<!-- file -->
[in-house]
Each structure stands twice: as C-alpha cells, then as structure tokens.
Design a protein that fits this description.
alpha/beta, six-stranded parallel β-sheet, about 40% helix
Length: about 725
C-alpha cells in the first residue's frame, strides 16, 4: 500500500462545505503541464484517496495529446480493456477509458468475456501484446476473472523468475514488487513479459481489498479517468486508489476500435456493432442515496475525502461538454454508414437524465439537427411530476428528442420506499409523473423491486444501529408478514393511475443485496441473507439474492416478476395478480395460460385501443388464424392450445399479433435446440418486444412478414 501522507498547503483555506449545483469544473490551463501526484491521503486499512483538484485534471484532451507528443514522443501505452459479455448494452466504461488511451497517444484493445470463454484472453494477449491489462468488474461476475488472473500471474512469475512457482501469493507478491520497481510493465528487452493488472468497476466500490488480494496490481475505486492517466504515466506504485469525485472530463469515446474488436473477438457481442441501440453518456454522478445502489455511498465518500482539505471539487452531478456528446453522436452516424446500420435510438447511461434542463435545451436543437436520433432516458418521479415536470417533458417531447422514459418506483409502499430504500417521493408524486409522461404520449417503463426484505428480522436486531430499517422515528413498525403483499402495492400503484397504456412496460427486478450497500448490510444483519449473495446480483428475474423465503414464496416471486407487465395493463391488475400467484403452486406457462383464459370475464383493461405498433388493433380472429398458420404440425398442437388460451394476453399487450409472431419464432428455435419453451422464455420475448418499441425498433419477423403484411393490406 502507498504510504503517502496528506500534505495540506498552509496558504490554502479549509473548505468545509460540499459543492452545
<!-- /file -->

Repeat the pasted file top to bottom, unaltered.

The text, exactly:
[in-house]
Each structure stands twice: as C-alpha cells, then as structure tokens.
Design a protein that fits this description.
alpha/beta, six-stranded parallel β-sheet, about 40% helix
Length: about 725
C-alpha cells in the first residue's frame, strides 16, 4: 500500500462545505503541464484517496495529446480493456477509458468475456501484446476473472523468475514488487513479459481489498479517468486508489476500435456493432442515496475525502461538454454508414437524465439537427411530476428528442420506499409523473423491486444501529408478514393511475443485496441473507439474492416478476395478480395460460385501443388464424392450445399479433435446440418486444412478414 501522507498547503483555506449545483469544473490551463501526484491521503486499512483538484485534471484532451507528443514522443501505452459479455448494452466504461488511451497517444484493445470463454484472453494477449491489462468488474461476475488472473500471474512469475512457482501469493507478491520497481510493465528487452493488472468497476466500490488480494496490481475505486492517466504515466506504485469525485472530463469515446474488436473477438457481442441501440453518456454522478445502489455511498465518500482539505471539487452531478456528446453522436452516424446500420435510438447511461434542463435545451436543437436520433432516458418521479415536470417533458417531447422514459418506483409502499430504500417521493408524486409522461404520449417503463426484505428480522436486531430499517422515528413498525403483499402495492400503484397504456412496460427486478450497500448490510444483519449473495446480483428475474423465503414464496416471486407487465395493463391488475400467484403452486406457462383464459370475464383493461405498433388493433380472429398458420404440425398442437388460451394476453399487450409472431419464432428455435419453451422464455420475448418499441425498433419477423403484411393490406 502507498504510504503517502496528506500534505495540506498552509496558504490554502479549509473548505468545509460540499459543492452545